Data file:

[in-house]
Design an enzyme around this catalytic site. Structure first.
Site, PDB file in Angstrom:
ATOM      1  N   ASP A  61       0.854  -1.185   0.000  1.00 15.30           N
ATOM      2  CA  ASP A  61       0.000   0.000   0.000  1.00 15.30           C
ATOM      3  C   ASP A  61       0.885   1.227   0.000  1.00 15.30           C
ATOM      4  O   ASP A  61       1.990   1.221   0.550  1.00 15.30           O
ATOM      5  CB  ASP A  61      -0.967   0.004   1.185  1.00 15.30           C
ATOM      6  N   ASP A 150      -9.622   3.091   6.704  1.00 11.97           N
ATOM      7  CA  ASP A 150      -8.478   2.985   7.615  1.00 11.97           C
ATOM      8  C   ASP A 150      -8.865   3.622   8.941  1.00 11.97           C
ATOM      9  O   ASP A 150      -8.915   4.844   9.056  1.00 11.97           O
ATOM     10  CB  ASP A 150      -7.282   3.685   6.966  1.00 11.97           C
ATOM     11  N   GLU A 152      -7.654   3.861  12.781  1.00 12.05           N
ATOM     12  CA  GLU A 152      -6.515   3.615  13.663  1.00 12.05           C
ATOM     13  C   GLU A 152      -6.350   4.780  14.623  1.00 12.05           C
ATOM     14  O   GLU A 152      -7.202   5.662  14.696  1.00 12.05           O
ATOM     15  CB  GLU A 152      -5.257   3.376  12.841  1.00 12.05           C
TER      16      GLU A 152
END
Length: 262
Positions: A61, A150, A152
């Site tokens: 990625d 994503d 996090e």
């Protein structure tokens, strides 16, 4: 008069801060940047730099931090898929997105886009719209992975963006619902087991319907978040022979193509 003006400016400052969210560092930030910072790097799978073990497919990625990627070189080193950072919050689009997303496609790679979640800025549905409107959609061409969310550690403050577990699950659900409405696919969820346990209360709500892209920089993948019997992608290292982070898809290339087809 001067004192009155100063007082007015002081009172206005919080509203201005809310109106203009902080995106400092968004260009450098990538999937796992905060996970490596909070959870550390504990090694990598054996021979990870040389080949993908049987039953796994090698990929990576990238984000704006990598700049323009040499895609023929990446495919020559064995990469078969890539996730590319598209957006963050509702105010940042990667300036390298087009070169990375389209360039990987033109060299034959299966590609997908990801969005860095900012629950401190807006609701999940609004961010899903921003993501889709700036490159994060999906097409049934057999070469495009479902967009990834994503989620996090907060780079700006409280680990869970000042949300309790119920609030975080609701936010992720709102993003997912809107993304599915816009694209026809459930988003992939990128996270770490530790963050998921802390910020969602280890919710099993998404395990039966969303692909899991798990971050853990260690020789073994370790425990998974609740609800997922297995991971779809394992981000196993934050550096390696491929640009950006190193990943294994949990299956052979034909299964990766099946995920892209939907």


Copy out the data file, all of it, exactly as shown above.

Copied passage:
[in-house]
Design an enzyme around this catalytic site. Structure first.
Site, PDB file in Angstrom:
ATOM      1  N   ASP A  61       0.854  -1.185   0.000  1.00 15.30           N
ATOM      2  CA  ASP A  61       0.000   0.000   0.000  1.00 15.30           C
ATOM      3  C   ASP A  61       0.885   1.227   0.000  1.00 15.30           C
ATOM      4  O   ASP A  61       1.990   1.221   0.550  1.00 15.30           O
ATOM      5  CB  ASP A  61      -0.967   0.004   1.185  1.00 15.30           C
ATOM      6  N   ASP A 150      -9.622   3.091   6.704  1.00 11.97           N
ATOM      7  CA  ASP A 150      -8.478   2.985   7.615  1.00 11.97           C
ATOM      8  C   ASP A 150      -8.865   3.622   8.941  1.00 11.97           C
ATOM      9  O   ASP A 150      -8.915   4.844   9.056  1.00 11.97           O
ATOM     10  CB  ASP A 150      -7.282   3.685   6.966  1.00 11.97           C
ATOM     11  N   GLU A 152      -7.654   3.861  12.781  1.00 12.05           N
ATOM     12  CA  GLU A 152      -6.515   3.615  13.663  1.00 12.05           C
ATOM     13  C   GLU A 152      -6.350   4.780  14.623  1.00 12.05           C
ATOM     14  O   GLU A 152      -7.202   5.662  14.696  1.00 12.05           O
ATOM     15  CB  GLU A 152      -5.257   3.376  12.841  1.00 12.05           C
TER      16      GLU A 152
END
Length: 262
Positions: A61, A150, A152
């Site tokens: 990625d 994503d 996090e």
């Protein structure tokens, strides 16, 4: 008069801060940047730099931090898929997105886009719209992975963006619902087991319907978040022979193509 003006400016400052969210560092930030910072790097799978073990497919990625990627070189080193950072919050689009997303496609790679979640800025549905409107959609061409969310550690403050577990699950659900409405696919969820346990209360709500892209920089993948019997992608290292982070898809290339087809 001067004192009155100063007082007015002081009172206005919080509203201005809310109106203009902080995106400092968004260009450098990538999937796992905060996970490596909070959870550390504990090694990598054996021979990870040389080949993908049987039953796994090698990929990576990238984000704006990598700049323009040499895609023929990446495919020559064995990469078969890539996730590319598209957006963050509702105010940042990667300036390298087009070169990375389209360039990987033109060299034959299966590609997908990801969005860095900012629950401190807006609701999940609004961010899903921003993501889709700036490159994060999906097409049934057999070469495009479902967009990834994503989620996090907060780079700006409280680990869970000042949300309790119920609030975080609701936010992720709102993003997912809107993304599915816009694209026809459930988003992939990128996270770490530790963050998921802390910020969602280890919710099993998404395990039966969303692909899991798990971050853990260690020789073994370790425990998974609740609800997922297995991971779809394992981000196993934050550096390696491929640009950006190193990943294994949990299956052979034909299964990766099946995920892209939907």